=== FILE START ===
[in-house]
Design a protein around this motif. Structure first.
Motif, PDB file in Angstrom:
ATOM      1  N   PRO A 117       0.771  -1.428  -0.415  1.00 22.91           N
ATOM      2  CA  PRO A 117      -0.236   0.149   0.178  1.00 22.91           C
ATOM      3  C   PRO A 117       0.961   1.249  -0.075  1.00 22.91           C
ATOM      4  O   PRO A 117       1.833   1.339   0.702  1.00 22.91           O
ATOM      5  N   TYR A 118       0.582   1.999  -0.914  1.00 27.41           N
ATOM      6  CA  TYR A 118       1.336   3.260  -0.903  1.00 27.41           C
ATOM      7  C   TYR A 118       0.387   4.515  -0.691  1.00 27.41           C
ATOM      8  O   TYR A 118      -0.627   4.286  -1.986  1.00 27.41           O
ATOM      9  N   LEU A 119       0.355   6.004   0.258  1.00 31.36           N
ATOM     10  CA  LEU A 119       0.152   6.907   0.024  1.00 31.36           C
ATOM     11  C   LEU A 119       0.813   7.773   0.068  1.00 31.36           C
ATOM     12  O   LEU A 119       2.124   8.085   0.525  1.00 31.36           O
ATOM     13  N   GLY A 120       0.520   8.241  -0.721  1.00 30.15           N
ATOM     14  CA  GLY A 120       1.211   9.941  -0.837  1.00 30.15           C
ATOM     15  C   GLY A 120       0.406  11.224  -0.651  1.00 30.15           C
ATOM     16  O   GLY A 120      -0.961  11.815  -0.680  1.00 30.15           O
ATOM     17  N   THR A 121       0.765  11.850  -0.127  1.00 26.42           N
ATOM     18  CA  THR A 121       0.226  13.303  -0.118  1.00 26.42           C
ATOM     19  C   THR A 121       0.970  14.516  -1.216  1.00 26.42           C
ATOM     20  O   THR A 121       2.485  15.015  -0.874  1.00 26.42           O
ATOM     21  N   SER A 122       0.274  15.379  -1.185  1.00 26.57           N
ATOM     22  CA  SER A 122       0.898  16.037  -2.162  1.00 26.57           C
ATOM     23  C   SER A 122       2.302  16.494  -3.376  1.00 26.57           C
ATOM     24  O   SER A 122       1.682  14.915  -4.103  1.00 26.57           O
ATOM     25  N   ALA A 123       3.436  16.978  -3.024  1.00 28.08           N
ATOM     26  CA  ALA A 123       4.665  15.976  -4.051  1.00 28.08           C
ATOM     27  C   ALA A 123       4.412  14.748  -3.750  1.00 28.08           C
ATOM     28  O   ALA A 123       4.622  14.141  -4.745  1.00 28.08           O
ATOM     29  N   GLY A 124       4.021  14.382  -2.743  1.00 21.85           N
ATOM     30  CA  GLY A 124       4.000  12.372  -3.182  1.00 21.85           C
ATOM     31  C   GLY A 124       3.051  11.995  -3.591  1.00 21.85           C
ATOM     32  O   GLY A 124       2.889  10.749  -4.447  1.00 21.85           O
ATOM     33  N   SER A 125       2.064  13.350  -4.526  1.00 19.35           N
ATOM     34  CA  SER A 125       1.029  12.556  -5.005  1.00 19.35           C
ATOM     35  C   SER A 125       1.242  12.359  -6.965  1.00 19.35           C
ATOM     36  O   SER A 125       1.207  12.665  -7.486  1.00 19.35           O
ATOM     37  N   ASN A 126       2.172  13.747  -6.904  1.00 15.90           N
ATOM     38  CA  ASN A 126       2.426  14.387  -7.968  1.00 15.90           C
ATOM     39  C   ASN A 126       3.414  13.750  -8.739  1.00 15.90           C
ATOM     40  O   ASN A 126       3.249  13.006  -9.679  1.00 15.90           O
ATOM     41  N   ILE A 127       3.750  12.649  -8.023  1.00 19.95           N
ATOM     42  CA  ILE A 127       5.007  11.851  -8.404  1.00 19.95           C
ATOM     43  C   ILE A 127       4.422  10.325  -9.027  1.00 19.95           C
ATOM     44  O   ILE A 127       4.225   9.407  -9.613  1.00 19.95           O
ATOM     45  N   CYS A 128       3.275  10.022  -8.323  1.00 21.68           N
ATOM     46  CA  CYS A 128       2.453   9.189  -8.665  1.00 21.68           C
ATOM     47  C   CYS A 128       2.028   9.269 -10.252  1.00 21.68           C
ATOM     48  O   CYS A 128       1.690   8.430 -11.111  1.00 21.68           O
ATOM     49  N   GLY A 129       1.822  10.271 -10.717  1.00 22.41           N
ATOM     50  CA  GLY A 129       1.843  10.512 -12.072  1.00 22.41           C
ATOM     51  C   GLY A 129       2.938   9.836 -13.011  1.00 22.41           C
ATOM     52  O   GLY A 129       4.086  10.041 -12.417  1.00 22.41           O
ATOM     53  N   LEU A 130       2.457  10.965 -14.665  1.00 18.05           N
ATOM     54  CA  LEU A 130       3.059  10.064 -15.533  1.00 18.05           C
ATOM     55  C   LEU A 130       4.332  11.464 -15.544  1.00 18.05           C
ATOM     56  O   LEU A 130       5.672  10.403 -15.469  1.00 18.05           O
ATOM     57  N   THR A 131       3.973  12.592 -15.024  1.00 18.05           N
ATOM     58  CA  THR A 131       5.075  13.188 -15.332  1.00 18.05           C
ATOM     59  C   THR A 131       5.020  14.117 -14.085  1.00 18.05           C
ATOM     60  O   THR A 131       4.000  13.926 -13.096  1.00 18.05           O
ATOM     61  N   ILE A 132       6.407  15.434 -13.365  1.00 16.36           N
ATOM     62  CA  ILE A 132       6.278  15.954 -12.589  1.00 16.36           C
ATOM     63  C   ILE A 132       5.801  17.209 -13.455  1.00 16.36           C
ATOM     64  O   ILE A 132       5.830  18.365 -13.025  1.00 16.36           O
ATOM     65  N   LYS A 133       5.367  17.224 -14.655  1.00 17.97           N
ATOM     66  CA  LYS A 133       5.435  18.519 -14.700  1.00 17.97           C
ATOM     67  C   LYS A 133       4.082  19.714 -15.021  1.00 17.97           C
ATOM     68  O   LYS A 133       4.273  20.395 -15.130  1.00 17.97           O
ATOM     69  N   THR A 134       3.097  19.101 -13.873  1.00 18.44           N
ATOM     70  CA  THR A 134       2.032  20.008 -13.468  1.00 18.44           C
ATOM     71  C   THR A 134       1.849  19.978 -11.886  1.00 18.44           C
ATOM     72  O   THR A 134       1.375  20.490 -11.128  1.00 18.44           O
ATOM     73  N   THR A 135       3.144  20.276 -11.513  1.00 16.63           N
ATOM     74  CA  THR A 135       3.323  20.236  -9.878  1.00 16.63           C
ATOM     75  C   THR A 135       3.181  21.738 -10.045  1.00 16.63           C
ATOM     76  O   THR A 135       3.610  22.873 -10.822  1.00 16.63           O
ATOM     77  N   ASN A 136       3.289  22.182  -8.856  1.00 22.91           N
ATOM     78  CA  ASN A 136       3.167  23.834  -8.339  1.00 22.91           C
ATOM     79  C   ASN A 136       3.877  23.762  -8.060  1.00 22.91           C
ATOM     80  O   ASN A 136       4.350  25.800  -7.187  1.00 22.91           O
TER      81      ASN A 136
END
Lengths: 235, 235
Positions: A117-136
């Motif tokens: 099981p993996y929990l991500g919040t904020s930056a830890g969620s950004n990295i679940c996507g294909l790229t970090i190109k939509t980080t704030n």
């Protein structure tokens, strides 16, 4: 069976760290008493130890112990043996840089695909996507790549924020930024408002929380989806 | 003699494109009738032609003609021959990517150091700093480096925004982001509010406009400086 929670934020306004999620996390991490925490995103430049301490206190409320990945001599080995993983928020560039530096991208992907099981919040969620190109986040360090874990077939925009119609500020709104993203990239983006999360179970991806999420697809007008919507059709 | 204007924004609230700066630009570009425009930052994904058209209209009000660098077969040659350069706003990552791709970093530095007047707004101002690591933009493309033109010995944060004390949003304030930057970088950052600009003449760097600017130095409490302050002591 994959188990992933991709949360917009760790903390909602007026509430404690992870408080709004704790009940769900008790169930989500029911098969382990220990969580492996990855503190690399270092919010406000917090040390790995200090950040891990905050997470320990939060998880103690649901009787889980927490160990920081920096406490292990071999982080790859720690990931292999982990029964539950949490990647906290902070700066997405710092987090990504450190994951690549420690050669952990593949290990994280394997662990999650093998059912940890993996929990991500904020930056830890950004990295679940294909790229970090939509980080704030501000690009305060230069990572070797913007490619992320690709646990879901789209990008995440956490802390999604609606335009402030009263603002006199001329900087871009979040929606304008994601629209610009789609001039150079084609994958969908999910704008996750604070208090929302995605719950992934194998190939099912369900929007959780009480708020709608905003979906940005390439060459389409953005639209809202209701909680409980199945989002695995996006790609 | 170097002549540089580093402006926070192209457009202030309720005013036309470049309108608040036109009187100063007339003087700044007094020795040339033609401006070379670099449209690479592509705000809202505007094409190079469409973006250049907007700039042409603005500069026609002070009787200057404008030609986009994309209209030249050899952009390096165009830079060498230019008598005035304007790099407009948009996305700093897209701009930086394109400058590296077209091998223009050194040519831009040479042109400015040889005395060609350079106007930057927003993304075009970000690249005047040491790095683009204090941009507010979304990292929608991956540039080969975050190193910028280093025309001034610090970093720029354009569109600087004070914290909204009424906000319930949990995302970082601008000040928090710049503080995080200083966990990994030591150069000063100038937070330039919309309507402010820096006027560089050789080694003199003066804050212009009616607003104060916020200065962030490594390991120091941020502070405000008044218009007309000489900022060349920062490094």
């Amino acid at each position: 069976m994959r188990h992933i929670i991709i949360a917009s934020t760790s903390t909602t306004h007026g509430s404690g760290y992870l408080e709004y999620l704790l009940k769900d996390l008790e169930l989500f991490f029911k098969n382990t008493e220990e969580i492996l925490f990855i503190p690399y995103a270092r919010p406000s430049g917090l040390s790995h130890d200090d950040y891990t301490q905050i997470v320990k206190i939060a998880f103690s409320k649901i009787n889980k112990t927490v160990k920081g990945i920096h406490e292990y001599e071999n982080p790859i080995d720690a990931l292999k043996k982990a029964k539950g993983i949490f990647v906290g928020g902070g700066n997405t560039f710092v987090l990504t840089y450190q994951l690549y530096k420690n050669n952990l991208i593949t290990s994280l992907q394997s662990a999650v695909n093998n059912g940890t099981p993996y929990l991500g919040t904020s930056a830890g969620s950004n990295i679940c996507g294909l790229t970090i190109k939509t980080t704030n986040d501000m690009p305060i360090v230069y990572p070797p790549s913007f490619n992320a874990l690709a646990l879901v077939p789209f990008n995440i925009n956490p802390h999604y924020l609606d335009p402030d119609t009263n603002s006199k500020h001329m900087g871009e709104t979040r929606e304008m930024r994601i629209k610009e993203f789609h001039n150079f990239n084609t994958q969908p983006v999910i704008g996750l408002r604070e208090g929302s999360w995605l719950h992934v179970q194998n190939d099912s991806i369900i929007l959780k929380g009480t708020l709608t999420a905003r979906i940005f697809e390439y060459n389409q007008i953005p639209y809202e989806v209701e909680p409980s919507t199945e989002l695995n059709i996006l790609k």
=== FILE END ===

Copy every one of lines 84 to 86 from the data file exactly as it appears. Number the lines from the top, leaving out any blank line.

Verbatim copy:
TER      81      ASN A 136
END
Lengths: 235, 235